Monday, March 10, 2008

Mathematical modelling of editorial decisions: Should novelty or popularity be the primary criterion? Using a simulated version of Digg.com, they found the interesting result:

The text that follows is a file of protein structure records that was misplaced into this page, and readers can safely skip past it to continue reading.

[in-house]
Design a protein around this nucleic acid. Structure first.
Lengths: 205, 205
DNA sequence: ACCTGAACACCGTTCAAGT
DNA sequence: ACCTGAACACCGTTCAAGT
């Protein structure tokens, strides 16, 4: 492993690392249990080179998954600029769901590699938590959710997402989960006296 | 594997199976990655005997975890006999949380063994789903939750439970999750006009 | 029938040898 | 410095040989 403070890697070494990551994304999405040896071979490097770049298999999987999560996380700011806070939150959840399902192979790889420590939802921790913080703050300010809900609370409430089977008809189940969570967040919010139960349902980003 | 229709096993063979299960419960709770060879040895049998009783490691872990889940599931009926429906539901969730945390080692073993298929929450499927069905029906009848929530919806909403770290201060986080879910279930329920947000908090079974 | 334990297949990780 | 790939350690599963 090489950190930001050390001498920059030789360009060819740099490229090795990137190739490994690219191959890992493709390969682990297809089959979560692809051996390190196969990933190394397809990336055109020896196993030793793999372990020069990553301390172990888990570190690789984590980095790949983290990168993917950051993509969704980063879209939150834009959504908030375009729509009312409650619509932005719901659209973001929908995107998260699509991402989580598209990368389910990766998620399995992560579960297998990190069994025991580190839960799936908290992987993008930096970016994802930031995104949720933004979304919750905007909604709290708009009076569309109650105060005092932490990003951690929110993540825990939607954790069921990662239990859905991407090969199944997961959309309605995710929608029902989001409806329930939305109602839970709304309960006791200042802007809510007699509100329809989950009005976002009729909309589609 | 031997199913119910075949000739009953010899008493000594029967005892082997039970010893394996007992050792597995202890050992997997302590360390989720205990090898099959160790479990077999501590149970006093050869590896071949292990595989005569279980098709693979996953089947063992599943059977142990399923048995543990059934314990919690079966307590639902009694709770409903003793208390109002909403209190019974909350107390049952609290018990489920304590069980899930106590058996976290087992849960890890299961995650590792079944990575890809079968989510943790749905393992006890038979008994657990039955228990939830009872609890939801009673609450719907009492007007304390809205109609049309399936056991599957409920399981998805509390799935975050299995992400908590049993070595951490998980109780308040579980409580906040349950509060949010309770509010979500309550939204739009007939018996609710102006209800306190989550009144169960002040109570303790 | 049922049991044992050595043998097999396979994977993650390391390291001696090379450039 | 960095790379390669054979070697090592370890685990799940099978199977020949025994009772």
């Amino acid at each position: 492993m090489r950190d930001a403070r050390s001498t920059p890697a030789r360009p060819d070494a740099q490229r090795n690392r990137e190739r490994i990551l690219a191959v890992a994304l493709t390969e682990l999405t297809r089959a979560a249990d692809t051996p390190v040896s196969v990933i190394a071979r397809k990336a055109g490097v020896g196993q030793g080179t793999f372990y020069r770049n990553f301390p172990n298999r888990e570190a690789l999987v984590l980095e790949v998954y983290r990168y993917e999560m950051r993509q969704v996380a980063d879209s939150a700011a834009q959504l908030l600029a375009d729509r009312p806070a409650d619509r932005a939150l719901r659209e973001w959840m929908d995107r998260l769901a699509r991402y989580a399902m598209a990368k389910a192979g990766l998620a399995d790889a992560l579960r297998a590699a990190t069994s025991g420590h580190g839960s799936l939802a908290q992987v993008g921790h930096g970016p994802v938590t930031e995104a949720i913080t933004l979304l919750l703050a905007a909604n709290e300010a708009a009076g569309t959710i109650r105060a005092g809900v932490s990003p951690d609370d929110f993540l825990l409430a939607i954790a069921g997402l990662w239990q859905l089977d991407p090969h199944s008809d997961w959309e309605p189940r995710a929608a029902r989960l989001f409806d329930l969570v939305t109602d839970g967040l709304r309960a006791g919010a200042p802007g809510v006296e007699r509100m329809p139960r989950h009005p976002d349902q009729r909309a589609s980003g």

The simulator—a virtual world that reproduces the way people digg stories—was allowed to run with each strategy for the equivalent of a year. Measured by the total number of diggs in this period, the novelty-based strategy for ordering stories on the home-page proved far superior to the popularity-based one. In other words, digg.com is doing the right thing. However, if the half-life is increased, the situation changes. When it rises above 350 minutes, sorting stories according to their popularity rather than their novelty generates more diggs. This switchover is mathematically analogous to phase transitions in nature, such as the way water freezes as soon as the temperature drops below 0°C.